There are certainly compelling reasons for a new screen version of “It,” Stephen King’s sprawling 1986 novel about a group of misfits in small-town Maine confronting a demonic entity that feeds on victims’ fears. There’s a lot of creakiness to the previous adaptation, a 1990 ABC mini-series starring Tim “Greasepaint Again? !” Curry as the monster’s signature incarnation, a clown called Pennywise. And it’s not as if the pasty oddballs have come to seem so quaint that they can’t still unnerve us.
Reese Witherspoon’s latest comedy, “Home Again,” opens with a voice-over segment in which her character details her cheerily idiosyncratic experience growing up as the child of a Hollywood couple. The flashback might seem curiously elaborate, unless you know going in that the movie’s writer-director, Hallie Meyers-Shyer, is the daughter of onetime husband-and-wife filmmakers Charles Shyer and Nancy Meyers (“Baby Boom,” 1991’s “Father of the Bride”). Home “again”?
The makers of “Captain Underpants: The First Epic Movie” have a message for all you serious-minded grown-ups out there: Get over yourselves. They know that their animated adaptation of kid-lit author Dav Pilkey’s reluctant-readers franchise goes ridiculously heavy on potty humor. They admit as much in self-referential dialogue slyly acknowledging the characters’ affinity for “the lowest form of comedy” — as if the title or a music credit for “1812 Ofarture” didn’t cover it.
Muck Rack makes it simple to find people, tweets, or articles that mention any name, keyword, company, hashtag etc. We've compiled this guide to help you make the most of your search.
Selecting a term
Start searching tweets, articles from media outlets, articles mentioned in tweets, journalists'
names, titles and bios with some suggested searches:
Companies or Topics (e.g. iPhone, Microsoft)
Phrases (e.g. "cloud computing") — use quotes to keep the terms together
Twitter handles (e.g. @username) — returns those who have mentioned or replied to
Names (e.g. "David Pogue")
Hashtags (e.g. #sxsw, #london2012)
Bio details (e.g. vegan, Olympics, father)
Muck Rack's Advanced Search allows for many boolean operators.
Find results that mention multiple specified terms, use AND or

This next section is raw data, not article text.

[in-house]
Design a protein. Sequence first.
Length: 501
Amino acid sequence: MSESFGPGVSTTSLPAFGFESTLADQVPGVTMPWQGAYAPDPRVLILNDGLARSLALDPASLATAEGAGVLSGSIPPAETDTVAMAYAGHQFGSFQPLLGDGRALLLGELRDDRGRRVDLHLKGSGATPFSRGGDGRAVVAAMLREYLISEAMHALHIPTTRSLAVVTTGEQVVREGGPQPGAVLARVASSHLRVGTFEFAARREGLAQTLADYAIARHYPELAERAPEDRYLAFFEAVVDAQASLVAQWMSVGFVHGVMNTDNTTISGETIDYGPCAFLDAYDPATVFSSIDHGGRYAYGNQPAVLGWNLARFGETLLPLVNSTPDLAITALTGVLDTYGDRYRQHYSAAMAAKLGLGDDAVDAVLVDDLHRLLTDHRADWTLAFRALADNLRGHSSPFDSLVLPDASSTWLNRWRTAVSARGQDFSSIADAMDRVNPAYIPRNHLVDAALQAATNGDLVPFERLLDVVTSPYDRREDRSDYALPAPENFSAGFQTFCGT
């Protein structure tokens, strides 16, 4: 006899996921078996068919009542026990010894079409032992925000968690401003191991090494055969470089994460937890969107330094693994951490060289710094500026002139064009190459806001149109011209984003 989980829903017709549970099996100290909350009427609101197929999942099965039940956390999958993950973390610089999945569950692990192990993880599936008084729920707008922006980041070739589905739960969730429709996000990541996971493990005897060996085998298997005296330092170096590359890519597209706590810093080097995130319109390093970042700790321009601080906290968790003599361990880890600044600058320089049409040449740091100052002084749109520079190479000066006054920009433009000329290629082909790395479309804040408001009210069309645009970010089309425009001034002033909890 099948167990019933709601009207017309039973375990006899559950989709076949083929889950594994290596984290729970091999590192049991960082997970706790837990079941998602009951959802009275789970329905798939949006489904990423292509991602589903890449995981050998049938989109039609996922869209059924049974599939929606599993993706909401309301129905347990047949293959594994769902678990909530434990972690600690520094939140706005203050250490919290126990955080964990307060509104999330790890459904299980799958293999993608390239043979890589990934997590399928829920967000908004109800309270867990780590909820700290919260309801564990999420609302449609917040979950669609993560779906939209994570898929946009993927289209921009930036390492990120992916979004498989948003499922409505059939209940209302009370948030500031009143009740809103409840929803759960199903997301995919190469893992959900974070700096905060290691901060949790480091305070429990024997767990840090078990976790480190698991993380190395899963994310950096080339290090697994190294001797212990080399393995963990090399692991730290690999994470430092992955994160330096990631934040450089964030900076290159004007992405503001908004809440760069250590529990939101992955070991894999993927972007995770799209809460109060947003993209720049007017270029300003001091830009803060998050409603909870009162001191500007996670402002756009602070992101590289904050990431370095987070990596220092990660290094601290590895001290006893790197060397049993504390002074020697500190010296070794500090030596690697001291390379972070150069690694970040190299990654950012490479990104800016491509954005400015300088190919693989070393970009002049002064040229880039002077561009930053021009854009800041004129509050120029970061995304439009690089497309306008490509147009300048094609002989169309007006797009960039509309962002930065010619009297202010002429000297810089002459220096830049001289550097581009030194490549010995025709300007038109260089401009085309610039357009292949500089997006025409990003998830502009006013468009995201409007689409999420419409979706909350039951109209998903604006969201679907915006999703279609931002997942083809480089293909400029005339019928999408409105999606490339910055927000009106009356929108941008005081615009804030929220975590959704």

+. For example, ensure each result contains both Elon Musk and Mark Zuckerberg by
searching Obama AND Romney or Obama + Romney.
Use the operators OR or , to broaden your search when you'd like either of
multiple terms to appear in results. (This is the default behavior of our search when no operators
are used.) For example, search for democrat OR republican to find results that refer to
Democrats and/or Republicans.
Use NOT or - to subtract results from your search. For
example, searching Disney will yield results about the Walt Disney Company as well as Walt Disney
World Resort. To exclude mentions of Disney World, search for Disney -World or Disney
When using one of these operators with a phrase, enclose it in quotation marks. For example, you can
find results about smartphones excluding Apple's iPhone 4S by searching smartphone -"iPhone
Exact case matching or punctuation
If you're searching for a brand name or keyword that relies on specific punctuation marks or capitalization, you can
find results that match your exact query by adding matchcase: before the keyword you're searching for, like matchcase:E*TRADE .
Use parentheses to separate multiple
boolean phrases. For example, to find journalists talking about having fun in Disney World or
Disneyland, search for ("disney world" OR disneyland) AND fun.
An asterisk can be used to search for any variation of a root word truncated by the asterisk. For example, searching for admin* will return results for administrator, administration, administer, administered, etc.
A near operator is an AND operator where you can control the distance between the words. You can vary the distance the near operation uses by adding a forward slash and number (between 0-99) such as strawberries NEAR/10 "whipped cream", which means the strawberries must exist within 10 words of "whipped cream".